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Watson, Wentz huge offseason topics

By William Hill  () 

Pitchers and catchers are reporting for spring training, the NCAA tournament is just a month away and we are approaching what should be a frenetic and exciting NFL offseason. We face the cruel reality that football season is over, but we still have hoops and hockey every night, as well as golf on the weekends. Baseball futures markets are ripe for the picking, and the NFL markets regarding who will play in and win next year’s Super Bowl are available, in addition to props on where certain marquee players will be playing come September. So in a way we do have football, as well as really every other sport on the menu right now. See, it’s not so bad! Not having the NFL each week is like breaking up with a sweetheart — it hurts at first, but it stings less when you realize you are free to see other people. 

 

Not only are NFC and AFC champion odds available, along with odds to win the Super Bowl, but this is the earliest I’ve ever seen division and MVP markets open. Perhaps it’s because more states have legalized gambling and there’s more of an appetite for sports betting, or the lack of sports from March to July left a void and lack of handle for which books are trying to compensate. Either way, these are fun to think about, and they give us a window into how oddsmakers view the NFL landscape six months before the season opens. Remember, the Super Bowl champs were 65-1 this time last year. Let’s take an early look at what’s on the menu for next season.

 

Deshaun Watson’s Team Week 1 of ’21 Season — Texans (+ 250): Nick Caserio was hired in January to be the Texans’ general manager. Within a few days, his franchise player requested a trade. If Caserio were to comply, it would be the biggest trade he will ever make, a trade that will play a large part in how he’s judged as an executive — and a trade he is very likely to lose. Getting equal or greater value is nearly impossible when you are trading an elite, 25-year-old quarterback. Draft picks are certainly great assets, but eventually the picks turn into players, and it will be hard for those players to match the value Watson provides. Some might look at the package of picks Matthew Stafford netted the Lions and say, “Imagine what Watson will get the Texans.” It’s a logical thought, but my reaction to the Stafford trade was that it makes a Watson deal even more unlikely. Let’s say a three-bedroom house sells for an outlandish price and totally rejiggers the market. Now the beautiful mansion down the street is out of most people’s price range. Let’s put it this way: If you’re the 49ers, Vikings, Broncos or any team in search of a quarterback and you hear your team has just acquired Watson, how many first-round picks would have to be included in the trade for you to be upset? Seven? Eight? As a Vikings fan whose team hasn’t had a young franchise quarterback in the 25+  years I’ve been rooting for them, I’m not sure there is a number that would make me unhappy about the deal. I think the Texans will work to repair the relationship with Watson and hold on to him heading into the season, and I’m very surprised to see them at such a juicy price to do so.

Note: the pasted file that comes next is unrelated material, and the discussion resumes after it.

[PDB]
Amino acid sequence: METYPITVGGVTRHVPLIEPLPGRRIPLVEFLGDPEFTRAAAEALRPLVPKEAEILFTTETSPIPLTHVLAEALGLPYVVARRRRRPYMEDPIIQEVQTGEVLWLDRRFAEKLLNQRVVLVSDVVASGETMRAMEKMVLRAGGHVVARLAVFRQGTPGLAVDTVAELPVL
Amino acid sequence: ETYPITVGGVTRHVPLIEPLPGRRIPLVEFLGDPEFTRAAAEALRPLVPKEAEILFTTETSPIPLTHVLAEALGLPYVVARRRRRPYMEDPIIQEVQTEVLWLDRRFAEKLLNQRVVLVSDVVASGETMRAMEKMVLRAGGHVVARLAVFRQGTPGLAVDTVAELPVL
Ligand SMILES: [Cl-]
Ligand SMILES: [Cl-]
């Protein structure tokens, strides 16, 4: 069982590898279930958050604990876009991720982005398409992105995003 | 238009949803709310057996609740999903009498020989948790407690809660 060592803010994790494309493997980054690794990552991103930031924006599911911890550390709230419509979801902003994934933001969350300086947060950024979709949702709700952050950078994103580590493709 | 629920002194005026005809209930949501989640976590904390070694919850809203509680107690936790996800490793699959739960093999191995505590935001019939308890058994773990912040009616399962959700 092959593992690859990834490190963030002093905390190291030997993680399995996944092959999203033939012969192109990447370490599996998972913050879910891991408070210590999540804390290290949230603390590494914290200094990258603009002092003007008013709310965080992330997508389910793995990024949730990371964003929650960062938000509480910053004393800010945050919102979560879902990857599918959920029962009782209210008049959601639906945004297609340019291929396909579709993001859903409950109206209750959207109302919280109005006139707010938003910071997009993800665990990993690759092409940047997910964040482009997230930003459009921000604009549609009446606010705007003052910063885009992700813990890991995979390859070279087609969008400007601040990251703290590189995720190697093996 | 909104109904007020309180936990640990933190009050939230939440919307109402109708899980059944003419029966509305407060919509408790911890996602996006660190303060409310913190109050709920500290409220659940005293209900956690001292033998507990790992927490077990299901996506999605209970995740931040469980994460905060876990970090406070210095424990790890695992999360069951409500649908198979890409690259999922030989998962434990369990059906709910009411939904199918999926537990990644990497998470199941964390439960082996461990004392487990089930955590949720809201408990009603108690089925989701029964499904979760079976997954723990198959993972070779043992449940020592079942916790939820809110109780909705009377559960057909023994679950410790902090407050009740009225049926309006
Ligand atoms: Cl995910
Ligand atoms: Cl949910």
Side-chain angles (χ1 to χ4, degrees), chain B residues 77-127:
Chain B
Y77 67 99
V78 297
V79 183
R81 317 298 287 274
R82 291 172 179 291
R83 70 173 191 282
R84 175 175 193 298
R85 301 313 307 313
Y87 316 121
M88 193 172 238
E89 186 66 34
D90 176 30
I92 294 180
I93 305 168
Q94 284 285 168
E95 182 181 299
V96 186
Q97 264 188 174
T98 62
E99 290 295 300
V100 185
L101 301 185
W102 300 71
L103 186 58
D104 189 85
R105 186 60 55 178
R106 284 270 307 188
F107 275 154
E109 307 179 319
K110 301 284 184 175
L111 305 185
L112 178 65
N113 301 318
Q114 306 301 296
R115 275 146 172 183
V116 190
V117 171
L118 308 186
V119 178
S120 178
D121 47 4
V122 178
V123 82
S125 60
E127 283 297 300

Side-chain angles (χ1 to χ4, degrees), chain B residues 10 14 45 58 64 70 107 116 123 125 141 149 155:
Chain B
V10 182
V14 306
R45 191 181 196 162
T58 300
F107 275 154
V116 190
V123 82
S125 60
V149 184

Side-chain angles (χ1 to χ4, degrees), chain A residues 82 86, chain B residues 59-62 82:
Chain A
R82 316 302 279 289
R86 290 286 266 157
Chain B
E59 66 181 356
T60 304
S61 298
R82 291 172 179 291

Carson Wentz’s Team Week 1 in ’21 — 49ers (+ 2500): Coaches have egos, especially really good coaches. They see a player with talent, a pitcher who throws 98 mph but can’t find the plate, and think, “That coach can’t fix him, but I can.” Kyle Shanahan is a very smart coach who is widely reported to have pursued Tom Brady last offseason. (I’m not sure if Brady ultimately ended up playing last season, since we haven’t heard much from him. He’s old and likely retired.) Shanahan clearly isn’t smitten with Brady’s former backup, Jimmy Garoppolo, and will possibly look again to upgrade the position. Wentz was ineffective last season, but as a second-year player in 2017 was a -1000 favorite to win the MVP with just a few weeks left. He was essentially a few injury-free weeks from collecting the award. Well, that injury happened in Los Angeles, Nick Foles took over and the rest is history. As bad as 2020 was for Wentz, it was just the first time his Eagles team had missed the playoffs since his rookie year. Late in ’19, Wentz heroically dragged a beaten-up team into the playoffs. He certainly has his flaws and needs to be rebuilt, but an optimist can say this poor season is a blessing in disguise, because without it, Wentz would not be available. Also, Shanahan saw one of Wentz’s few bright spots last season when the Eagles won in San Francisco as 10-point underdogs. Wentz threw for a touchdown and ran for another in the upset. It’s pretty obvious now that the monster trade package Philly was hoping to get for Wentz is more fantasy than reality, but the Eagles seem determined to hand the franchise over to Jalen Hurts. Take a flyer on the 49ers taking a flyer on the former MVP finalist.

 

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